Cyclone Pam: How You Can Help Vanuatu Relief Efforts


A child helps with the clean up after Cyclone Pam. Image:

Vanuatu’s president has pleaded with the world to help the cyclone-torn nation to rebuild.

An emotional President Baldwin Lonsdale told the AFP yesterday (16/3) “The humanitarian need is immediate, we need it right now,” adding that the poverty-stricken chain of islands also desperately needs both financial and health support.

“After all the development we have done for the last couple of years and this big cyclone came and just destroyed… all the infrastructure the government has… built. Completely destroyed.

“We need international funding to (re)build all the infrastructure.”

The official death toll in Vanuatu’s Port Vila, where up to 90% of houses are destroyed, stands at 6 with more than 30 injured, although there are fears this is likely a fraction of the fatalities caused by the storm. Overall, there have been 24 confirmed deaths “..eleven from Tafea, eight from Efate and five from Tanna,” the UN’s Office for the Co-ordination of Humanitarian Affairs said on Monday in a situation report.

Tens of thousands have been left at risk with more than 3000 villagers in evacuation centres, many needing urgent health and medical support.

Australia has donated a $5 million aid package to the nation, which was declared a state of emergency.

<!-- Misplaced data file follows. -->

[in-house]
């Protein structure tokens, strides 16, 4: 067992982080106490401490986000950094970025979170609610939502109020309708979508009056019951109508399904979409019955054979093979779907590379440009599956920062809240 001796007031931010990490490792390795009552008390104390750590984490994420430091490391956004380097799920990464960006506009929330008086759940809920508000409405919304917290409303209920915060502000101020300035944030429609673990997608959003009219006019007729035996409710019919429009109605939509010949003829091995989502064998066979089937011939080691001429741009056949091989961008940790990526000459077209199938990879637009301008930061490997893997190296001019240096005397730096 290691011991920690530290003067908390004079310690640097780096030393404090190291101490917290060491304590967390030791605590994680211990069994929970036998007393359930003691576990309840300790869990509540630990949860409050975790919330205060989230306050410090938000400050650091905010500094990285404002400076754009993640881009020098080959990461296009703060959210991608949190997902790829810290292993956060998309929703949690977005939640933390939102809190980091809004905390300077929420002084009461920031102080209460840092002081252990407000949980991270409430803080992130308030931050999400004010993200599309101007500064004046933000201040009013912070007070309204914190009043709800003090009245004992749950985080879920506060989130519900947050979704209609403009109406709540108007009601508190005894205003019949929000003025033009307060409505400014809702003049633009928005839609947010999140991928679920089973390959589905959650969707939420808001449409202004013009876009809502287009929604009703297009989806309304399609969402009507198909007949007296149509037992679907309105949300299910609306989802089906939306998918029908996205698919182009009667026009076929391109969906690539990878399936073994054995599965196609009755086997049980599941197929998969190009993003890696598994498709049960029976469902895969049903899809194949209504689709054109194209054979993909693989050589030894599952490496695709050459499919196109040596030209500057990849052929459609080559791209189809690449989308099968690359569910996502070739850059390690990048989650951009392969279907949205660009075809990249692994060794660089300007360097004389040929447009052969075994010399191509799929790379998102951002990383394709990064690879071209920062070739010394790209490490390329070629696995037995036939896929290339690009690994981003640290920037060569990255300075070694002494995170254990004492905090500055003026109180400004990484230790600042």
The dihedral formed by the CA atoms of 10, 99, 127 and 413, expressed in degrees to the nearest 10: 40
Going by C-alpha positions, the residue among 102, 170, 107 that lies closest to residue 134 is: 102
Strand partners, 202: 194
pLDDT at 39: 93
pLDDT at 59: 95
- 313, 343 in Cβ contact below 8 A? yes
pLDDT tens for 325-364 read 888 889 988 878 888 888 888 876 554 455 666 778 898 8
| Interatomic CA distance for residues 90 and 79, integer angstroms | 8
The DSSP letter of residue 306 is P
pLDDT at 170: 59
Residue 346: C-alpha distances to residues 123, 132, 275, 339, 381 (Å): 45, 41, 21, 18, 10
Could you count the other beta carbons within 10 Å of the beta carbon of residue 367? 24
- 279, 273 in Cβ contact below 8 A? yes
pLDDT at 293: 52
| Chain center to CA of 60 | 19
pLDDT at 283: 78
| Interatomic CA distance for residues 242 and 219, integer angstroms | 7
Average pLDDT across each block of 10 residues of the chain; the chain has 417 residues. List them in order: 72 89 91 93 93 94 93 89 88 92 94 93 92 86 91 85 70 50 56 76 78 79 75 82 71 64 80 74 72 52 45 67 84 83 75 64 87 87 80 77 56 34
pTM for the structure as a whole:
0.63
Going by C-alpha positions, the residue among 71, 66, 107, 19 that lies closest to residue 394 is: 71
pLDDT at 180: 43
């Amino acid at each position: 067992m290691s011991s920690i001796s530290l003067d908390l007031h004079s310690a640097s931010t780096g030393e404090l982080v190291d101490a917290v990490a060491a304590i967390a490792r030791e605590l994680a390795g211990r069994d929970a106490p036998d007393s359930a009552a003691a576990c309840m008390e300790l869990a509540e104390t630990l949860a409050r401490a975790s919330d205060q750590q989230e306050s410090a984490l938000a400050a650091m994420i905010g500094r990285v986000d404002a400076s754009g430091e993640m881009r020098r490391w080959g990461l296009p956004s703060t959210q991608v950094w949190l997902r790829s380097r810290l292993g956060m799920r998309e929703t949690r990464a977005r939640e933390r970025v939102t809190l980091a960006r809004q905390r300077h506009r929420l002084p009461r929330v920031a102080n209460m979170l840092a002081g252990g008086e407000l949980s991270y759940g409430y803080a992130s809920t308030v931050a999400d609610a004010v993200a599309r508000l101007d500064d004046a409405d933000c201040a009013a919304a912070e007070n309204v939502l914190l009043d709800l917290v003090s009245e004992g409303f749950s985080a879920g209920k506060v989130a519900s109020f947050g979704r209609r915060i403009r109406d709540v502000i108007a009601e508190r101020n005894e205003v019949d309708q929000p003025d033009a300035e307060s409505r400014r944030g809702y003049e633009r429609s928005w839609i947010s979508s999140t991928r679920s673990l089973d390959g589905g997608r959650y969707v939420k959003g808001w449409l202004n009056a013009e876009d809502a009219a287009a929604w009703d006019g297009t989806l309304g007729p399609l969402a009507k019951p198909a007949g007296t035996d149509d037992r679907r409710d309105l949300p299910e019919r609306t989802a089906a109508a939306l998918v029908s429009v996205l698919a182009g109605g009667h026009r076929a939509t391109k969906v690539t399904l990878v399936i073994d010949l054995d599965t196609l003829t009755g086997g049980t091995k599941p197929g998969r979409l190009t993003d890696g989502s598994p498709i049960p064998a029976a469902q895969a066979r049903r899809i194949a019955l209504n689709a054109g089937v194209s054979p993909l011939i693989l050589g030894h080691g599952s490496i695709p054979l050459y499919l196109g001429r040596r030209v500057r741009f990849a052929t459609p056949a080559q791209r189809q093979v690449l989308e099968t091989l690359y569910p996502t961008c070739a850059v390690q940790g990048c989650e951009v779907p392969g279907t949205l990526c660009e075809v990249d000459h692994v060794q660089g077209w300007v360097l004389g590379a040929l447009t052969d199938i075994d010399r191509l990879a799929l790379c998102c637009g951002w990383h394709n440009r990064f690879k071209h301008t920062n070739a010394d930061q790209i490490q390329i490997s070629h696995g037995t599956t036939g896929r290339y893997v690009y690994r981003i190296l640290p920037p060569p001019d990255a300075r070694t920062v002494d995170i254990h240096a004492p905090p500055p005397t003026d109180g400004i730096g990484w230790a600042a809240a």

It’s expected that more than 50,000 children have been left at risk, prompting responses from Save the Children and Unicef.

How you can help

Aid agencies such as UNICEF and Oxfam say millions of dollars are needed to immediately provide clean water and personal hygiene supplies.

Some of those organizations are making public calls for funds to cope with the devastation.

Global News has compiled a list of aid agencies working to provide relief in Vanuatu. Here’s how you can help and where your contributions go.


Oxfam Australia has three tiers of suggested donations for those who wish to contribute to the relief efforts in Vanuatu: AUD $50, $60 and $104 (CDN $48.85, $58.64 and $101.62).

The first tier would provide supplies to cope in the immediate aftermath of the storm, including tarpaulin, water containers, soap and other sanitary goods. The next level is enough money to set up a toilet for 20 people in an affected area. The third amount pays for a four-month food survival package for a family of six.

Oxfam Australia said any money raised above what is “required to meet the immediate and longer term needs of the people in affected areas” will go to its International Crisis Fund to address other emergency relief situations.



The United Nations Children’s Fund needs $2.7 million to deal with the “immediate humanitarian needs of children and families.”

“Lifeline infrastructure such as hospitals, electricity and water supply and telecommunications are severely damaged and will require rebuilding,” the relief agency said. “Safe water supplies and distribution has been destroyed for many. This increases the risk of water-borne diseases.

While the most urgent supplies UNICEF staff in Vanuatu need to provide include water purification tablets, water containers, soap and sanitation facilities, it also requires vaccinations to prevent the spread of measles.